SA Personal Injury Damages for Trip and Fall in Rental Property?

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12 August 2014
I have reported to my landlord for several weeks now the missing and separated pavers in the driveway.
It's my access to my letter box, I fell and re-injured my total knee replacement swelling, restricted movement and it appears damage to my prosthesis.

Can I sue for personal injury, damages and negligence?



Hi Pepe,

From the limited information you have provided, it sounds as though you may have grounds to seek compensation for negligence on the part of your real estate agent.

Whether or not you will be successful in proving that the real estate agent / landlord (both will likely be joined to any court proceedings) is liable for your injury and that you are entitled to compensation will depend on various matters. If you can prove that you gave notice to the real estate agent of the state of the pavers and that they posed a risk of injury, but the real estate agent failed to take action to have them repaired within a reasonable time then this will count in your favour. However on the other hand, if you knew about the risk of injury posed by the pavers, the real estate agent's lawyers will argue that you should have taken care for your own safety - knowing that they were dangerous. Where aggravation of prior injuries are involved - there is also usually arguments that you should have taken more care than usual to prevent re-injury and when it comes to damages - they will likely discount any entitlement to compensation that you will get, on the basis that your knee was not 100% to begin with.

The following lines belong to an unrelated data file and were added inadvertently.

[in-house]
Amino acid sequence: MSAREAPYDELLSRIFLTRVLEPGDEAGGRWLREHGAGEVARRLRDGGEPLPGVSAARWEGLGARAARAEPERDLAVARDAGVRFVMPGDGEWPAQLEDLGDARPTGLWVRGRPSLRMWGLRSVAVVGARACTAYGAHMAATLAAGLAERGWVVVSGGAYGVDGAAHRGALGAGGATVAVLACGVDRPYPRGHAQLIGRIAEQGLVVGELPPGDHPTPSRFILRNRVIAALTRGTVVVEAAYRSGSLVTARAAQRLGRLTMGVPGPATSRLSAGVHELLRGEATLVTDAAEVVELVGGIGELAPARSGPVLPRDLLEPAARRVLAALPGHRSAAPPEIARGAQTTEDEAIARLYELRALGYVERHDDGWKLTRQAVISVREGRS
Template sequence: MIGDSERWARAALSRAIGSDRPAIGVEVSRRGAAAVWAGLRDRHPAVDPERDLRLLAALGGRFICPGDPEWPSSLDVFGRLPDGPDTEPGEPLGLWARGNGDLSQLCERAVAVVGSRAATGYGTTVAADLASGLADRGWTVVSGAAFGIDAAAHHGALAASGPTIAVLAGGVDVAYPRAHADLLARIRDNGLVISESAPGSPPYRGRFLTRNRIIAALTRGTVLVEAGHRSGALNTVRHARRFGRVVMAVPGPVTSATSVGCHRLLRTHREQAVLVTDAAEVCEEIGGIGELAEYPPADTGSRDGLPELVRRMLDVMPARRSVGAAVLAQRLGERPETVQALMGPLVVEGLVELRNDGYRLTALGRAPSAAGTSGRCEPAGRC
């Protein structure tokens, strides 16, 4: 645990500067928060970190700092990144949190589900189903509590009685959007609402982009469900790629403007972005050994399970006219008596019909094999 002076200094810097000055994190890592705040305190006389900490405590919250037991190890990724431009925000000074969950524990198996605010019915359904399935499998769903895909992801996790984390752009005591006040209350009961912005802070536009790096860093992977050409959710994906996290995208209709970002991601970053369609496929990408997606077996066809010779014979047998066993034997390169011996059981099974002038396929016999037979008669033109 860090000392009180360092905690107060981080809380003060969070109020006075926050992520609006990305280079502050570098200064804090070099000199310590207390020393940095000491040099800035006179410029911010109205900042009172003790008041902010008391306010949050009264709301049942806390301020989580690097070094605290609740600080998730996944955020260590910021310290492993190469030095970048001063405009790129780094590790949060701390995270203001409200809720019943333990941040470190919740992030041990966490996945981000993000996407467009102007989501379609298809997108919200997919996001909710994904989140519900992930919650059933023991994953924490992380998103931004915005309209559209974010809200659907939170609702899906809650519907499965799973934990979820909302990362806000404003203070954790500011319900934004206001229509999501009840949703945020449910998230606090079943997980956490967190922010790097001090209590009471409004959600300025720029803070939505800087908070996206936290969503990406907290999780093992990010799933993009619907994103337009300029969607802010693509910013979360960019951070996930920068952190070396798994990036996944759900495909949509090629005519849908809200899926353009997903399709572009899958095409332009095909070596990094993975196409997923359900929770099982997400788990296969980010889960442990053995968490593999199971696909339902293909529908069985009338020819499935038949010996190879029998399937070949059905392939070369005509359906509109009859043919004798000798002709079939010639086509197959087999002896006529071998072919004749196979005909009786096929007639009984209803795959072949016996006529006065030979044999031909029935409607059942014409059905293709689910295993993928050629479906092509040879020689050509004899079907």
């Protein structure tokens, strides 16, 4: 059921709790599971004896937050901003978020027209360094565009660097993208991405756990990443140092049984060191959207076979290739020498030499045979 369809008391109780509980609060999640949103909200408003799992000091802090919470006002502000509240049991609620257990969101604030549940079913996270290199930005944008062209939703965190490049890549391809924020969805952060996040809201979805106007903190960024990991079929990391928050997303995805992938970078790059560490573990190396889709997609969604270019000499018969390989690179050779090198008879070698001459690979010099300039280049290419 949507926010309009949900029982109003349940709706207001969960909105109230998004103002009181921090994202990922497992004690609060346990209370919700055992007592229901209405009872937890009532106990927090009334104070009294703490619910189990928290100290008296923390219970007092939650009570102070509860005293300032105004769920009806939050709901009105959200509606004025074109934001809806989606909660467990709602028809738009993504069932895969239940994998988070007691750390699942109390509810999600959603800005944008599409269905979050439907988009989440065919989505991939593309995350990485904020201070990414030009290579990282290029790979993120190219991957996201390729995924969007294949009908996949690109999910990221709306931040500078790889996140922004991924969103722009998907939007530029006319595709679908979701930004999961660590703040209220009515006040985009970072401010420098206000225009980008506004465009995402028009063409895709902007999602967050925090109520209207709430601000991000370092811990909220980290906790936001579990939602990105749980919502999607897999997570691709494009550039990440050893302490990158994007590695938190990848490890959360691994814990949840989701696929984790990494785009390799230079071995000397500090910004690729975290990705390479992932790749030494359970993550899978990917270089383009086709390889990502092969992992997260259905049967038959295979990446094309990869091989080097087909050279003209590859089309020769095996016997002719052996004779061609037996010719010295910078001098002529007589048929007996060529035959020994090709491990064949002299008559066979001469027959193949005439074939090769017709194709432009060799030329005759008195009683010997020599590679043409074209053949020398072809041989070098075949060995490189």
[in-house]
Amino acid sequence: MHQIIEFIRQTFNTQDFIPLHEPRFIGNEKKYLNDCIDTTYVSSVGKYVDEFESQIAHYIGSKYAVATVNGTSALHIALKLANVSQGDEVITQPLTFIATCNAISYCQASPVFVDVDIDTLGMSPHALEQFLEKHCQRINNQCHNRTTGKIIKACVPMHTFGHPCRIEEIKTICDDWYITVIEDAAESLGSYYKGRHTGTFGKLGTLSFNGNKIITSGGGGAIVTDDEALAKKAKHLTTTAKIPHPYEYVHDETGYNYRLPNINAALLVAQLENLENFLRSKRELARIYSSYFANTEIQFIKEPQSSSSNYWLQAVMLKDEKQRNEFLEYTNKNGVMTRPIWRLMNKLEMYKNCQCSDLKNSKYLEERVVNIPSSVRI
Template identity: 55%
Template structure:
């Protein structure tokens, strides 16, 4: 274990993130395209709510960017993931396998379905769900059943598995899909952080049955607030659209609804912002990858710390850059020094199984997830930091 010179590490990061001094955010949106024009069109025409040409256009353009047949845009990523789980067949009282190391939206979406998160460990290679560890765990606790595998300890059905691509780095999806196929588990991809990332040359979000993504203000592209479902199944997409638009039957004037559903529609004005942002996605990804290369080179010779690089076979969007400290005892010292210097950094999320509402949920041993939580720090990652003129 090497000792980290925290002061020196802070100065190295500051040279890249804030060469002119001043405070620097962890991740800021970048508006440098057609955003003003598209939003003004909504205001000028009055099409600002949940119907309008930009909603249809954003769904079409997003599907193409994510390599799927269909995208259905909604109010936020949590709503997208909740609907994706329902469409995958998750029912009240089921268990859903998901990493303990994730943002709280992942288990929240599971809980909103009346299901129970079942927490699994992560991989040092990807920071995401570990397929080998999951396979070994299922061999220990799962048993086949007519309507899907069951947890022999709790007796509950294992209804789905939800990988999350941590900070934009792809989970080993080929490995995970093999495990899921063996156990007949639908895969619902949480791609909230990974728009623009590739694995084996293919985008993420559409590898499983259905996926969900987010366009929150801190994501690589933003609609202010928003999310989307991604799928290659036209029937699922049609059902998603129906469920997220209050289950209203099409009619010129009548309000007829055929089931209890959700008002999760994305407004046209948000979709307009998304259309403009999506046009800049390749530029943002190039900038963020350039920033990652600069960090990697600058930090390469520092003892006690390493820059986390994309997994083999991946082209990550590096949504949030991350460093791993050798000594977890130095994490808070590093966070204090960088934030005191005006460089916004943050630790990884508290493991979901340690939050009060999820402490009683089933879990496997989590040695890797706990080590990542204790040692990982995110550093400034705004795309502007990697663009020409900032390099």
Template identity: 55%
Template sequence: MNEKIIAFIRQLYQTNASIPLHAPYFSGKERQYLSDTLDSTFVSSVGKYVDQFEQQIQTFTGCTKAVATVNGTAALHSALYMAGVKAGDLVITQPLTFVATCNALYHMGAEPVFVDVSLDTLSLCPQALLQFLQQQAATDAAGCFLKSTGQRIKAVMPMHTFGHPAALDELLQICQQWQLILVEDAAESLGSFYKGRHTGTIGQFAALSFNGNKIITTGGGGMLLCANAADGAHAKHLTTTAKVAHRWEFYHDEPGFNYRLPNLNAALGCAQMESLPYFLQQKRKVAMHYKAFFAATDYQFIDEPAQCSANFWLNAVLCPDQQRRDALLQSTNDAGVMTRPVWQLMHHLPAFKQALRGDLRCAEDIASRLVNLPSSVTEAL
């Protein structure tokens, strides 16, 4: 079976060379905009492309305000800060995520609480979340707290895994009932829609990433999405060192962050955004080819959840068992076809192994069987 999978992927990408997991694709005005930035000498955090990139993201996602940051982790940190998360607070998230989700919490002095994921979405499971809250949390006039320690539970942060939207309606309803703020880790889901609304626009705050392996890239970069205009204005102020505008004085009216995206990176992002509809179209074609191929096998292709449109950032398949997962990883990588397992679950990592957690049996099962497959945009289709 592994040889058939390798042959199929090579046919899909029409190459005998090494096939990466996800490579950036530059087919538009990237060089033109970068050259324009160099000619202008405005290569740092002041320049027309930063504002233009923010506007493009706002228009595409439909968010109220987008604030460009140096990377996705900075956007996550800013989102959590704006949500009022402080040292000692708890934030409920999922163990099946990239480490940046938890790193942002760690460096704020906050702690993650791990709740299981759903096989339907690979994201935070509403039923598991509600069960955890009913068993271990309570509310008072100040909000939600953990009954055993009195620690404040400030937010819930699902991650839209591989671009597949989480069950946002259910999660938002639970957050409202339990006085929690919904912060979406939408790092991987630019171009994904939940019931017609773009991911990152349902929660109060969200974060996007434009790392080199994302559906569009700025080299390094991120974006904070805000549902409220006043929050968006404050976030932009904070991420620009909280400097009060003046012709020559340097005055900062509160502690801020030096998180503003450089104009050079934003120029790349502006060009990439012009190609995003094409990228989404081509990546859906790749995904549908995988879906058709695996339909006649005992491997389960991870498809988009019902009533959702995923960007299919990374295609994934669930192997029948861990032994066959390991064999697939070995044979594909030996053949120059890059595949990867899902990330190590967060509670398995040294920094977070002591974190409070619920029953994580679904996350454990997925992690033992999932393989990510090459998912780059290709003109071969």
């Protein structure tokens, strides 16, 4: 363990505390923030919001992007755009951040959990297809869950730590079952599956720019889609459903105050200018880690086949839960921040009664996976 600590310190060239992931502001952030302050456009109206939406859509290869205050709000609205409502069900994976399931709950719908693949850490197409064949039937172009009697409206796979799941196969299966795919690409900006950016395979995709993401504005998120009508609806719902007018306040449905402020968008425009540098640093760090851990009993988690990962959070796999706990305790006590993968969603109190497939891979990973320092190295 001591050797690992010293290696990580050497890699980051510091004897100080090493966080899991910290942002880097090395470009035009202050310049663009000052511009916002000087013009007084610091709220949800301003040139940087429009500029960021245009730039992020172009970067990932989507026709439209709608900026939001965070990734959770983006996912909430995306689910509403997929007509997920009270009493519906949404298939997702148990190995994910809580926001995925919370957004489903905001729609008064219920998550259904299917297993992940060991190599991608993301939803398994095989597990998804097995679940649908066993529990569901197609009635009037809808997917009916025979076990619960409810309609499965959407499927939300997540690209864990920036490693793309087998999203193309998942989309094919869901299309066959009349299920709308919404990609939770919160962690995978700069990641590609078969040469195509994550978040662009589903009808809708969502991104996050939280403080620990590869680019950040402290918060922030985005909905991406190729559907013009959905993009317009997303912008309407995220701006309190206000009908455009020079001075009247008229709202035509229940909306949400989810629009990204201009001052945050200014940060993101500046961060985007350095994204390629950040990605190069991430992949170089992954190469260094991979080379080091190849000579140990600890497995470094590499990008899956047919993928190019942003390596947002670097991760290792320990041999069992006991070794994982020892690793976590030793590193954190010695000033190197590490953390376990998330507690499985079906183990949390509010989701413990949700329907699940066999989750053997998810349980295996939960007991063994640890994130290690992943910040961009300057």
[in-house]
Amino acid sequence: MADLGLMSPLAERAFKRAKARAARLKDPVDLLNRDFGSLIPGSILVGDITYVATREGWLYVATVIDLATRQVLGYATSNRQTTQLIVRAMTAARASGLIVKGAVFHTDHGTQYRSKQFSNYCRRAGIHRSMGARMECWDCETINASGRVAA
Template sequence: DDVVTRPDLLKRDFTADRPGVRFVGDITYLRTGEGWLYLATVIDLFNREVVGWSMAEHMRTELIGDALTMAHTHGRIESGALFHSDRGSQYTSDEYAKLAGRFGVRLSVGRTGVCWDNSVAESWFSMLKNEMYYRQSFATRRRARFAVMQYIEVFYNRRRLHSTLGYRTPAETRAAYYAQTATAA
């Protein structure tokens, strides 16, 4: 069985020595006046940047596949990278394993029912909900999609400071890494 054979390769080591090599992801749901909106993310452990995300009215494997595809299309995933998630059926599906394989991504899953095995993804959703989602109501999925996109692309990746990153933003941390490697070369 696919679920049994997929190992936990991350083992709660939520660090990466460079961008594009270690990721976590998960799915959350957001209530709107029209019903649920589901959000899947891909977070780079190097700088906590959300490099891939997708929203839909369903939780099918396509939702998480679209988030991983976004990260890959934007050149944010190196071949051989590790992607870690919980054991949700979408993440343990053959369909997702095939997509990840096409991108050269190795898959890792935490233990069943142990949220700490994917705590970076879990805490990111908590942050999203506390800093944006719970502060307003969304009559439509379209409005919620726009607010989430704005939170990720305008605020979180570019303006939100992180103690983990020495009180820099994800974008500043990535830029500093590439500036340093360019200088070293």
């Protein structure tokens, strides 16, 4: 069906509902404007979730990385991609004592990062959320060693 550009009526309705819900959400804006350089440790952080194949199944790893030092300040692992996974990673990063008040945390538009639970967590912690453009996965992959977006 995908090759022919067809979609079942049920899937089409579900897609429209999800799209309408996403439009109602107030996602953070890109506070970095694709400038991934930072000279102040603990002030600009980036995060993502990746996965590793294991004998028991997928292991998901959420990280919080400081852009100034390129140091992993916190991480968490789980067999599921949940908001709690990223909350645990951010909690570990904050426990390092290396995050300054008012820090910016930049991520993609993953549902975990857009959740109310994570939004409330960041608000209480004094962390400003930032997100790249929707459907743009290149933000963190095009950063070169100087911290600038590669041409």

Just to give you a bit of background as to how the court would decide a matter like South Australia, the Civil Liability Act 1936 (SA) provides that a person will not be liable for harm unless:
  • the person knew or ought to have known of the risk (i.e. the real estate agent needed to be aware of the state of the pavers and that they posed a risk of injury - and perhaps also that you had a pre-existing injury that may be aggravated);
  • the risk was not insignificant; and
  • a reasonable person in that person’s position would have taken precautions against the risk (i.e. a reasonable real estate agent would have taken precautions to prevent the risk of injury).
The relevant factors a court must take into consideration when determining whether a reasonable person would have taken precautions against the risk include:
  • the probability that the harm would occur if precautions were not taken;

  • the likely seriousness of the harm;

  • the burden of taking precautions to avoid the risk of harm; and

  • the social utility of the activity that creates the risk of harm.
I would go and see a personal injury lawyer, many can provide an obligation free appraisal of your circumstances and tell you what you should do.